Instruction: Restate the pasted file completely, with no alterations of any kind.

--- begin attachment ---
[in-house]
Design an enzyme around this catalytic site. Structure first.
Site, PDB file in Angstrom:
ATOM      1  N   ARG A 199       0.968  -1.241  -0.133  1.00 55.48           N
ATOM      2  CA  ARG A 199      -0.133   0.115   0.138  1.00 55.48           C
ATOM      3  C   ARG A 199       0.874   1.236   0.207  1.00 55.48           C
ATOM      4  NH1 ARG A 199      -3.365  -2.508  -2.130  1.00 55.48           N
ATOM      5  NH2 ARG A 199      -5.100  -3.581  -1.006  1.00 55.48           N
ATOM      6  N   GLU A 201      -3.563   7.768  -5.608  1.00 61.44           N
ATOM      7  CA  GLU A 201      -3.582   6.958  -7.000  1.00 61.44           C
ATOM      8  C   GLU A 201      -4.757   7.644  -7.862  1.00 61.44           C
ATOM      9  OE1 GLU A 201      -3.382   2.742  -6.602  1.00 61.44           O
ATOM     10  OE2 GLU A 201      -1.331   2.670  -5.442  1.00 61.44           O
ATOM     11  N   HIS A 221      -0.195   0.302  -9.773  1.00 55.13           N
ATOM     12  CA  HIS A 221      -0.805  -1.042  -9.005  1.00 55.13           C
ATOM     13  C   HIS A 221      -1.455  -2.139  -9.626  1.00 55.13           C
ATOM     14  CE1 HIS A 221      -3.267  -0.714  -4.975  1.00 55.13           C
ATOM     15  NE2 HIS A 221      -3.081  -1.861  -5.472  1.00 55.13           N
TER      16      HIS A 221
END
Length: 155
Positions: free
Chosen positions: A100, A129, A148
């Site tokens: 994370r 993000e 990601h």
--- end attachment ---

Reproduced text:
[in-house]
Design an enzyme around this catalytic site. Structure first.
Site, PDB file in Angstrom:
ATOM      1  N   ARG A 199       0.968  -1.241  -0.133  1.00 55.48           N
ATOM      2  CA  ARG A 199      -0.133   0.115   0.138  1.00 55.48           C
ATOM      3  C   ARG A 199       0.874   1.236   0.207  1.00 55.48           C
ATOM      4  NH1 ARG A 199      -3.365  -2.508  -2.130  1.00 55.48           N
ATOM      5  NH2 ARG A 199      -5.100  -3.581  -1.006  1.00 55.48           N
ATOM      6  N   GLU A 201      -3.563   7.768  -5.608  1.00 61.44           N
ATOM      7  CA  GLU A 201      -3.582   6.958  -7.000  1.00 61.44           C
ATOM      8  C   GLU A 201      -4.757   7.644  -7.862  1.00 61.44           C
ATOM      9  OE1 GLU A 201      -3.382   2.742  -6.602  1.00 61.44           O
ATOM     10  OE2 GLU A 201      -1.331   2.670  -5.442  1.00 61.44           O
ATOM     11  N   HIS A 221      -0.195   0.302  -9.773  1.00 55.13           N
ATOM     12  CA  HIS A 221      -0.805  -1.042  -9.005  1.00 55.13           C
ATOM     13  C   HIS A 221      -1.455  -2.139  -9.626  1.00 55.13           C
ATOM     14  CE1 HIS A 221      -3.267  -0.714  -4.975  1.00 55.13           C
ATOM     15  NE2 HIS A 221      -3.081  -1.861  -5.472  1.00 55.13           N
TER      16      HIS A 221
END
Length: 155
Positions: free
Chosen positions: A100, A129, A148
């Site tokens: 994370r 993000e 990601h």